James and I both have images available for bidding in the HeART for Haiti auction; the exhibition of works is tonight at Aperture Gallery, 547 West 27th Street, 4th floor. All proceeds will go to Doctors Without Borders. See all of the photographs available here and help out a great cause.

6/15/10

Fears



I shot these images at a friend's house on Memorial day. There was a point when I was sitting in their playroom (in the middle image) and I had this moment of total fear. The oil spill and the ramifications for my children hit me in that dark space; the lights were out, there was a particular late afternoon quiet, and the light was eerie in its beauty. I felt the way I used to feel as a kid when I thought about nuclear war, about annihilation. Not entirely realistic, but still in the realm of possibility.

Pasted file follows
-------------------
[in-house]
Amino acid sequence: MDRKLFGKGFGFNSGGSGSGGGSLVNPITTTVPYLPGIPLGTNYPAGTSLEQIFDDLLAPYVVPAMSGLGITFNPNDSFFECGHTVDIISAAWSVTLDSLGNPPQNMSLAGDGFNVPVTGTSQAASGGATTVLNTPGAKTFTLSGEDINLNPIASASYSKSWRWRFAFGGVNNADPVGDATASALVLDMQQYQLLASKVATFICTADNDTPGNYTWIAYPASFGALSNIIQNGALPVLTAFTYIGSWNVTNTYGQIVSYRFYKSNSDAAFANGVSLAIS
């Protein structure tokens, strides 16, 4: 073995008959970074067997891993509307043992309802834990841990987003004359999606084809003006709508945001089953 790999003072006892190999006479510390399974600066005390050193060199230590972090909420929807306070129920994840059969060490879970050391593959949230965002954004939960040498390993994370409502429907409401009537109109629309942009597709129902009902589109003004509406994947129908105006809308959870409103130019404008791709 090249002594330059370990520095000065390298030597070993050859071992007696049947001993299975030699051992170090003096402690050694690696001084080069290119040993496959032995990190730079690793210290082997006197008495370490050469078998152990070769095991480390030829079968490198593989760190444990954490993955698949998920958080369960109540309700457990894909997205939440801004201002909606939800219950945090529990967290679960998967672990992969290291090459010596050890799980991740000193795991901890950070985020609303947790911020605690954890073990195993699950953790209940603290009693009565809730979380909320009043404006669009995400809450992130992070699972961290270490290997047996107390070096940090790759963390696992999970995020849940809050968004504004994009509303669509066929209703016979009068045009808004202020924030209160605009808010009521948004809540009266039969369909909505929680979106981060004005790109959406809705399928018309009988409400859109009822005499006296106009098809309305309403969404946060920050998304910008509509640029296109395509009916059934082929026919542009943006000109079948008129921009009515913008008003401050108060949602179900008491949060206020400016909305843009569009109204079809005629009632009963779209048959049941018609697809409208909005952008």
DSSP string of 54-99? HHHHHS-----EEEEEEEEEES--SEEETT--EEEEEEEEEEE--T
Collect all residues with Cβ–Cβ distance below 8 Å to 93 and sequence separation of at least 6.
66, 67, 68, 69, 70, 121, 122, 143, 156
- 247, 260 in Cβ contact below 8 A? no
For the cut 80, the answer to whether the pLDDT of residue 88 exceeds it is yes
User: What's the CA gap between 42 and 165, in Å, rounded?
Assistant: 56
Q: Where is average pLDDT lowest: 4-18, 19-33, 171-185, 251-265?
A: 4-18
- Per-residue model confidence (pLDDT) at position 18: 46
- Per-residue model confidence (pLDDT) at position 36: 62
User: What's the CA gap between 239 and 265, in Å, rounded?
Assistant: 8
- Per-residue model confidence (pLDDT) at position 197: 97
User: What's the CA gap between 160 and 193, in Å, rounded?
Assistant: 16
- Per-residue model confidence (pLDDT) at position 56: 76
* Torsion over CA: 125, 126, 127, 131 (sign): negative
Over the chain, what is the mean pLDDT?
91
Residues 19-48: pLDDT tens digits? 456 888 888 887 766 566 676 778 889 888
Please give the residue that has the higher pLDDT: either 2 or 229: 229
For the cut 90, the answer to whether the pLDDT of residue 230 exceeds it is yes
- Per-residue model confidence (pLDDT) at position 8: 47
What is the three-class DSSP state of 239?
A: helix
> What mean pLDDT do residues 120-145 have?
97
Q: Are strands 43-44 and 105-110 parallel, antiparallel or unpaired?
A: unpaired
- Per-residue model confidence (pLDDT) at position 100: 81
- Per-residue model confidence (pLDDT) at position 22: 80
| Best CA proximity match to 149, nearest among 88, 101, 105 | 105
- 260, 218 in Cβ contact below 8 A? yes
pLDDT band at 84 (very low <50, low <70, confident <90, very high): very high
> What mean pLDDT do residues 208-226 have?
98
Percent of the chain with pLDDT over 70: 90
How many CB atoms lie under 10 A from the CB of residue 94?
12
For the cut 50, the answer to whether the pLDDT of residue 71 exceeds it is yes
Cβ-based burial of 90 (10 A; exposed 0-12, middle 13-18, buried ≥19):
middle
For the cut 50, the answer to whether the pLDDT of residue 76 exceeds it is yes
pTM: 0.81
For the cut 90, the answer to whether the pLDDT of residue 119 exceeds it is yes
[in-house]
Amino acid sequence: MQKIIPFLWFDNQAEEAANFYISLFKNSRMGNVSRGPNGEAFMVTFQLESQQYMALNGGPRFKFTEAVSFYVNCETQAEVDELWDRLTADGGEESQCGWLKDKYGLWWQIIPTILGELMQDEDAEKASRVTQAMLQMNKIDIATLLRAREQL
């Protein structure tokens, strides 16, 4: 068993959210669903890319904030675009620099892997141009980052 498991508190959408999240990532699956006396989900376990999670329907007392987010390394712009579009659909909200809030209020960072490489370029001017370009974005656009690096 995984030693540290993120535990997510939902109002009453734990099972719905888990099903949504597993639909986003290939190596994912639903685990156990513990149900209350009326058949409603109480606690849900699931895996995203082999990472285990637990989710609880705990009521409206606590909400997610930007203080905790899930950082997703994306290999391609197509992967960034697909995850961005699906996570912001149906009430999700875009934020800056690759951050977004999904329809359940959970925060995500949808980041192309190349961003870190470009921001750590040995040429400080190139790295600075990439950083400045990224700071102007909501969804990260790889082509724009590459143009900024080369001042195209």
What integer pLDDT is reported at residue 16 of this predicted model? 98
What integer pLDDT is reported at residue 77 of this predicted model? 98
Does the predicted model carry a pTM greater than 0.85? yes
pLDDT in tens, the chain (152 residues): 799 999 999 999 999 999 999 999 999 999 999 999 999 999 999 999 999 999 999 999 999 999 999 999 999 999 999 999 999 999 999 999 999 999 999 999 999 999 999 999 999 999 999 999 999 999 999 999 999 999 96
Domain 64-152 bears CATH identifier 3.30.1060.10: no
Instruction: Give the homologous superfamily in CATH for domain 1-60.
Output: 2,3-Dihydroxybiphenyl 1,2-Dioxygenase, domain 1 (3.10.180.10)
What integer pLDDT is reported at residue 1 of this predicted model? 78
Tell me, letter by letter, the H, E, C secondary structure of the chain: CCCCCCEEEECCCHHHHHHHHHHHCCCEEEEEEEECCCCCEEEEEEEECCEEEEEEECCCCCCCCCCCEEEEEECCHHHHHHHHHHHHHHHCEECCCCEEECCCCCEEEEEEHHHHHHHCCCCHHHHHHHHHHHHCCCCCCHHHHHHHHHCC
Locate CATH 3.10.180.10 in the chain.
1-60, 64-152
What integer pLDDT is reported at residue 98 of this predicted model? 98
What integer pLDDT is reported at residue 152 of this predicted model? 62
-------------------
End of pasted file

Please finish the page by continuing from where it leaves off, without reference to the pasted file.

I thought of the oceans becoming completely polluted, the planet collapsing--melodramatic potentially, but for a flash I really felt it. I felt that Edie and June's children might not make it--I felt it even within that sunny pleasant day, no catastrophe in actual visual sight. We may be just fine and we may not, but I think any parent will understand the mindset and the parallel futures we imagine: the one with good things and the one without.

6/10/10

Will Steacy opening tonight

This should be another great opening, get all your info here.

6/9/10

Jesse Burke opening tomorrow

I really wish I could make it to the opening but unfortunately
I'm not free, wah. If you can go you definitely should.
Jesse Burke is great, CLAMPART is great, what more could you
ask for? Here's all the info you need:
JESSE BURKE: Intertidal

June 3 - July 10, 2010

_____________________

Artist's Reception:
This Thursday, June 10, 2010
6.00 - 8.00 p.m.

_____________________

CLAMPART
521-531 West 25th Street
Ground Floor
New York City 10001


After-Reception Party
Shotgun-A-Beer photo booth and Rock-N-Roll DJ
MOTOR CITY BAR
127 Ludlow Street (between Rivington & Delancey)

6/7/10

Impostor syndrome